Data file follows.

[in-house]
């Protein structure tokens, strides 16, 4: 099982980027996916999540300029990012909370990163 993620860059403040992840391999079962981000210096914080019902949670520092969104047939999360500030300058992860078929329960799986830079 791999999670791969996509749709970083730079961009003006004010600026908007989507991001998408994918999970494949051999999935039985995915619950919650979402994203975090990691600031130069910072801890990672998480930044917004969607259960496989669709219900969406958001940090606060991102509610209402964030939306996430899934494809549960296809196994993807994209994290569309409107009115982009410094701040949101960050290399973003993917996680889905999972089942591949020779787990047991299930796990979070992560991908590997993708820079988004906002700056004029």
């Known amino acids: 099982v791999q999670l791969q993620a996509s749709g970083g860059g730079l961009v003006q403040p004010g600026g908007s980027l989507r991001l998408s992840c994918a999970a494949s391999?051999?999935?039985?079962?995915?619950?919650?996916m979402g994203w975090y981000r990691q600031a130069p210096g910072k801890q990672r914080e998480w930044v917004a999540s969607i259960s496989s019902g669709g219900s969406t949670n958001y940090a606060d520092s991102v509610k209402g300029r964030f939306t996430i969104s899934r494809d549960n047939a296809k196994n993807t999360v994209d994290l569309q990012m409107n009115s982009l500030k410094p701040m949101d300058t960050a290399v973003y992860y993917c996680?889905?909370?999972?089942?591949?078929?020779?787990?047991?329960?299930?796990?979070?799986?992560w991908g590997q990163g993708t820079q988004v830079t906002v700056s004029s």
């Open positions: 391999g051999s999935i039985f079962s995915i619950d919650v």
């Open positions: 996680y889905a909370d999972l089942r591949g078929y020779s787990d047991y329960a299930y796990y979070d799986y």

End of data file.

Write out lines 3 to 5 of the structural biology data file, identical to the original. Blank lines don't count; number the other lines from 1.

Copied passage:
């Known amino acids: 099982v791999q999670l791969q993620a996509s749709g970083g860059g730079l961009v003006q403040p004010g600026g908007s980027l989507r991001l998408s992840c994918a999970a494949s391999?051999?999935?039985?079962?995915?619950?919650?996916m979402g994203w975090y981000r990691q600031a130069p210096g910072k801890q990672r914080e998480w930044v917004a999540s969607i259960s496989s019902g669709g219900s969406t949670n958001y940090a606060d520092s991102v509610k209402g300029r964030f939306t996430i969104s899934r494809d549960n047939a296809k196994n993807t999360v994209d994290l569309q990012m409107n009115s982009l500030k410094p701040m949101d300058t960050a290399v973003y992860y993917c996680?889905?909370?999972?089942?591949?078929?020779?787990?047991?329960?299930?796990?979070?799986?992560w991908g590997q990163g993708t820079q988004v830079t906002v700056s004029s």
């Open positions: 391999g051999s999935i039985f079962s995915i619950d919650v």
């Open positions: 996680y889905a909370d999972l089942r591949g078929y020779s787990d047991y329960a299930y796990y979070d799986y």